Writing is hard. Then putting it out into the world and hearing other’s criticisms can be heartbreaking. Why can’t they see the beautiful story I had in my head instead of the mush of words that now lie on the paper?

But keep at it. We often make the same mistakes that other writers make. And by studying them, and writing more stories, we will see our tendencies and learn how to correct them or not commit them.

4. Vigilance. Many of us have a goal in mind when we start: to write an American best-selling novel, or a groundbreaking movie, or an article for Guidepost that changes lives. I hope you never lose that dream. But while you’re learning the lessons, you need to reach those goals, don’t miss out on other opportunities that may pop up.

When I became a writer, one of the first things I did was to attend a local writers’ group. (Shout out to Word Weavers.) I knew I enjoyed writing, but I didn’t have a clue what that really meant. Don’t all writers smoke pipes, have bad hair, and live in New York City?

After the greetings, the group went around the group and mentioned any successes they’d had that month. And it was eye-opening. Someone started a blog, someone had an article published in a magazine, someone else had a book coming out, another person had a rejection but sent the article to another magazine. There were so many opportunities I had never considered.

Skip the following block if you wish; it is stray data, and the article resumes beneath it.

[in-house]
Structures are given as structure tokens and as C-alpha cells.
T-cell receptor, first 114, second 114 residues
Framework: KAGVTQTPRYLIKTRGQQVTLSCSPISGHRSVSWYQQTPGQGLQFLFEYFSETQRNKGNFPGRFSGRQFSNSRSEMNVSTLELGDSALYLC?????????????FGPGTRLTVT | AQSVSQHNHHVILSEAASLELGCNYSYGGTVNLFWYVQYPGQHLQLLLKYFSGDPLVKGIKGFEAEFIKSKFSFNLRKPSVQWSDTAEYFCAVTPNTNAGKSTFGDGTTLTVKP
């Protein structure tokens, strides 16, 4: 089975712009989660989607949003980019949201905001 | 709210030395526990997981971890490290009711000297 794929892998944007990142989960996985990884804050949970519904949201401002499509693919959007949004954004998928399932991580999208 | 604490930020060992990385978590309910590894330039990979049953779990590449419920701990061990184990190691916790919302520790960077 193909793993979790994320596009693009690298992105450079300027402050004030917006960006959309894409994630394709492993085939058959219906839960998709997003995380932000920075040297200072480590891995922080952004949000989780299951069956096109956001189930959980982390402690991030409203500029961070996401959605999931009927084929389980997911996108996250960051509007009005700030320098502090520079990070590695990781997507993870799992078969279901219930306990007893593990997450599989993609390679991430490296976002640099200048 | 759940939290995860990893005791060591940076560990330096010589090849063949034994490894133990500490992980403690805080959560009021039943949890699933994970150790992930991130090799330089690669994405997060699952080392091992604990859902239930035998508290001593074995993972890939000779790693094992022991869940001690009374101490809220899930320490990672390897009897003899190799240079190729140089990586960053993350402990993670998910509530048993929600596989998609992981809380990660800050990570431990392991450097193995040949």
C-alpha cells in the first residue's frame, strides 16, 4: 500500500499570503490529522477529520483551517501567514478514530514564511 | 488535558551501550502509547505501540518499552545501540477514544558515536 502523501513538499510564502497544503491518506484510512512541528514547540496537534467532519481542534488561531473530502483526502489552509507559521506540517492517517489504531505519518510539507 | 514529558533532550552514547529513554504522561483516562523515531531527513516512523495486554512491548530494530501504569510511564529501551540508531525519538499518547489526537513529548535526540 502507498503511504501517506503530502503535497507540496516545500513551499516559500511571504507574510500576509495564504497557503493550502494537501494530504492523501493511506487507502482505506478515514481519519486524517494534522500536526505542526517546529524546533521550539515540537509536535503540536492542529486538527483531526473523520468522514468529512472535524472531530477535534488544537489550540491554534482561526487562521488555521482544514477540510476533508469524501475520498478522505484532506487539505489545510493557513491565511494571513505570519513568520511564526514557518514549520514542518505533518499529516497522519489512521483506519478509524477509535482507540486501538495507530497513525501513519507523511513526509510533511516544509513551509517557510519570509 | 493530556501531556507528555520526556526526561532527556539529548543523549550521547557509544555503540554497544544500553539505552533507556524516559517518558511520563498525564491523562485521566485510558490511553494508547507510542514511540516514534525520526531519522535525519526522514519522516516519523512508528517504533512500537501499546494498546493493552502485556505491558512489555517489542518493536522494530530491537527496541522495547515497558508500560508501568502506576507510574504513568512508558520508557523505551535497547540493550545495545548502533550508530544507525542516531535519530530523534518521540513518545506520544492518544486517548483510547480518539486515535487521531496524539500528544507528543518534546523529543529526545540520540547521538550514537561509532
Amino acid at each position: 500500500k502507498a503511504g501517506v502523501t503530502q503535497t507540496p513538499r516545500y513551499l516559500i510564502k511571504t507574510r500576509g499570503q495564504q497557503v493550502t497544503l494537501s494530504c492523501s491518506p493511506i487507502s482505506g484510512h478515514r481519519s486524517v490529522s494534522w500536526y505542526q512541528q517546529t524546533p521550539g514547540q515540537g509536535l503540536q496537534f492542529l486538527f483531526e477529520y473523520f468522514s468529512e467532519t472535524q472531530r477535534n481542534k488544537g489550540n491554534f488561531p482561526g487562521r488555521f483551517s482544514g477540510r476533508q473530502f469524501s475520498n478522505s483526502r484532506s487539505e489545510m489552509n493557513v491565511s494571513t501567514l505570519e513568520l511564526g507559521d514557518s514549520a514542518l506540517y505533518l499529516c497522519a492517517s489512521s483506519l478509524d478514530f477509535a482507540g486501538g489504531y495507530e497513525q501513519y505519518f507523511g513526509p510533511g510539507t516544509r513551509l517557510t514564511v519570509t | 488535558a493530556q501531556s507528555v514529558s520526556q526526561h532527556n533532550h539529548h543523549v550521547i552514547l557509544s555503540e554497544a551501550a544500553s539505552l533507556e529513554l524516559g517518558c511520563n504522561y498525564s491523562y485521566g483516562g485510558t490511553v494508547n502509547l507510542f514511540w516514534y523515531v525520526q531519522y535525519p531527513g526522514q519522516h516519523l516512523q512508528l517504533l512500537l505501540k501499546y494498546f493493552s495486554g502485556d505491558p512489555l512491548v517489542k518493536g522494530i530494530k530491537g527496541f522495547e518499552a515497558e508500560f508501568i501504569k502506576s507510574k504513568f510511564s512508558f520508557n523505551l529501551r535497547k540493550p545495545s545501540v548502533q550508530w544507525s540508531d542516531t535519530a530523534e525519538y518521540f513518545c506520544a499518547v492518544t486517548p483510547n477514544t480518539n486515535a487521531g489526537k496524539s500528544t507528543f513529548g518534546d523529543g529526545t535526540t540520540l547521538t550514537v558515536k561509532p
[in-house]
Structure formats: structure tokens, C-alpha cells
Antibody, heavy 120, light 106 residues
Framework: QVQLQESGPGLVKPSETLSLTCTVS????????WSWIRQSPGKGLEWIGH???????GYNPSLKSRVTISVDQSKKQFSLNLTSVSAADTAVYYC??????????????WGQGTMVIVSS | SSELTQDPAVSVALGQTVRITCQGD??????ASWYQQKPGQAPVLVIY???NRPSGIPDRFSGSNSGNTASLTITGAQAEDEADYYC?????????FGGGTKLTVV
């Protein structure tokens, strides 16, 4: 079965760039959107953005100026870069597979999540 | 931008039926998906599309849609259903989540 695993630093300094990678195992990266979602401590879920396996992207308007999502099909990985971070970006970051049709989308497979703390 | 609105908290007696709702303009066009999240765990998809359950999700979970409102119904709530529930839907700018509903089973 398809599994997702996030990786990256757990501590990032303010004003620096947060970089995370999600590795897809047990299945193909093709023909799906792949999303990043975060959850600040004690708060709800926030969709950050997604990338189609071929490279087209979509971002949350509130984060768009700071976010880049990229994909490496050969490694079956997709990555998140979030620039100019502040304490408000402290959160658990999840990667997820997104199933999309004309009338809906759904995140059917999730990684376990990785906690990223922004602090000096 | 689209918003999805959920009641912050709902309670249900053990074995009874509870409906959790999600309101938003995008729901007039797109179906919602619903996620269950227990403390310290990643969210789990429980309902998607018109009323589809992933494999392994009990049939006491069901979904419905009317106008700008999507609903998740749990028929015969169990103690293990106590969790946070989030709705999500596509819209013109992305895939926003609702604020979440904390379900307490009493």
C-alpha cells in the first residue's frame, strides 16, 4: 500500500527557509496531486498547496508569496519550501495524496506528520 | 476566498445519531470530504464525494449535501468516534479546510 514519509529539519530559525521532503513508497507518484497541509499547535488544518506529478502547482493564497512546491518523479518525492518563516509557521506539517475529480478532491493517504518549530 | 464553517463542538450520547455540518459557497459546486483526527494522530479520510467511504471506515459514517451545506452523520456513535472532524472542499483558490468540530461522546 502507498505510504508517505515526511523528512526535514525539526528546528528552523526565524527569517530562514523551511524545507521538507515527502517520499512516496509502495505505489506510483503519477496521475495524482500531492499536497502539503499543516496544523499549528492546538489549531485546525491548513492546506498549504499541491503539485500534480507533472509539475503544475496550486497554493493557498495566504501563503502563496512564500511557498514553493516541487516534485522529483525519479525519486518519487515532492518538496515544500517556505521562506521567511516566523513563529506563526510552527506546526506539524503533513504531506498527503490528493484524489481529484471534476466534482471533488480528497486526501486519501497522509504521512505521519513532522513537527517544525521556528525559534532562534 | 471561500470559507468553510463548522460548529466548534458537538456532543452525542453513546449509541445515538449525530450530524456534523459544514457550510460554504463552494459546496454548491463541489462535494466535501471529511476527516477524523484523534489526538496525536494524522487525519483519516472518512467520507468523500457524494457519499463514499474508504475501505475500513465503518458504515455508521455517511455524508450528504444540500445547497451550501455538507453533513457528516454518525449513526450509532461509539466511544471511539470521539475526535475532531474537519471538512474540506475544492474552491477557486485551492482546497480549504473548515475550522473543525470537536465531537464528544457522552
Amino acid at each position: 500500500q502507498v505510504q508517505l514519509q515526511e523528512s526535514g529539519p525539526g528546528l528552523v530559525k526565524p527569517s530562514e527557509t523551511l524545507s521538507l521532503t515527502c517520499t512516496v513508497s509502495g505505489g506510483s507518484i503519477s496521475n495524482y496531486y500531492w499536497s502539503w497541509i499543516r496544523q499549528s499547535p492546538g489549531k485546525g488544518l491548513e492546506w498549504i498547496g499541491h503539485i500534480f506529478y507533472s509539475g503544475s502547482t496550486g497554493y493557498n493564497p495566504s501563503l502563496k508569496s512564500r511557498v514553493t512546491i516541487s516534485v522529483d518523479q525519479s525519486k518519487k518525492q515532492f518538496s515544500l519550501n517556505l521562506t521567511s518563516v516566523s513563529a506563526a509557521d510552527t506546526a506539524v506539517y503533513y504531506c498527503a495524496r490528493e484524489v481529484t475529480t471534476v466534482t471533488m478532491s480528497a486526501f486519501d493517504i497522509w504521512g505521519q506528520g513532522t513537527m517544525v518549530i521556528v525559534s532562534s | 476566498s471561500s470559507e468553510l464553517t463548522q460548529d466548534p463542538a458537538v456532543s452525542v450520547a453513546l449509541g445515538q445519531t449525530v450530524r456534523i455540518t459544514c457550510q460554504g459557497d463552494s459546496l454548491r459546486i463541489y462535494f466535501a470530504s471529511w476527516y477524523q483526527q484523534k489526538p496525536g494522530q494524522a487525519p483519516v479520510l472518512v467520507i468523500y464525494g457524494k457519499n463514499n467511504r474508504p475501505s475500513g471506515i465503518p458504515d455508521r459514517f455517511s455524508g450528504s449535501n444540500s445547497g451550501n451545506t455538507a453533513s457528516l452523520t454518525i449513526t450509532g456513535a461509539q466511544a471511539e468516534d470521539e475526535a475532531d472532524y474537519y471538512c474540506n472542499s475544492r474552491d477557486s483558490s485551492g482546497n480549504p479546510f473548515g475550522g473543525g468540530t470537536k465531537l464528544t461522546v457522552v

5. Joy. The journey can be long and hard. Enjoy it. Some great people will pass through your life. Get to know them.

You will have a lot of minor victories. Relish them. And celebrate the victories of others.

It scares me to think how easy it would be to miss the joys and blessings God has scattered in our lives because we are so concerned about reaching the destination.

These are some things I’ll pack, not just for my trip, but also for my journey. I think James L. Rubart said it well. “It’s not about the writing. It’s about the person you’re being shaped and molded into through the writing and the writing world. So do your best. Then breathe deep and let it go.” 


Tim Suddeth is a stay-at-home dad and butler for his wonderful, adult son with autism. He has written numerous blogs posts, short stories, and three novels waiting for publication. He is a frequent attendee at writers’ conferences, including the Blue Ridge Mountain Christian Writers Conference and a member of Word Weavers and ACFW. He lives near Greenville, SC where he shares a house with a bossy Shorky and three too-curious Persians. You can find him on Facebook and Twitter, as well as at and

Featured Image: Photo by LinkedIn Sales Solutions on Unsplash


  1. Excellent post, Tim. Very insightful into this writing journey.

  2. Thanks for the encouragement, Sandy.

  3. Your message is just what we needed when we feel that encroaching case of the "writer's blues" about to overtake us--again. Thanks, Tim!

    1. You’re welcome. Thank you for reading.
      Tim Suddeth

  4. Pawesley59@gmail.comJuly 29, 2022 at 9:27 PM

    Thanks Tim. Your article spoke to me in several ways. Great words of encouragement. I will reread and spend time reflecting on your words. I face similar struggles. Thanks for sharing.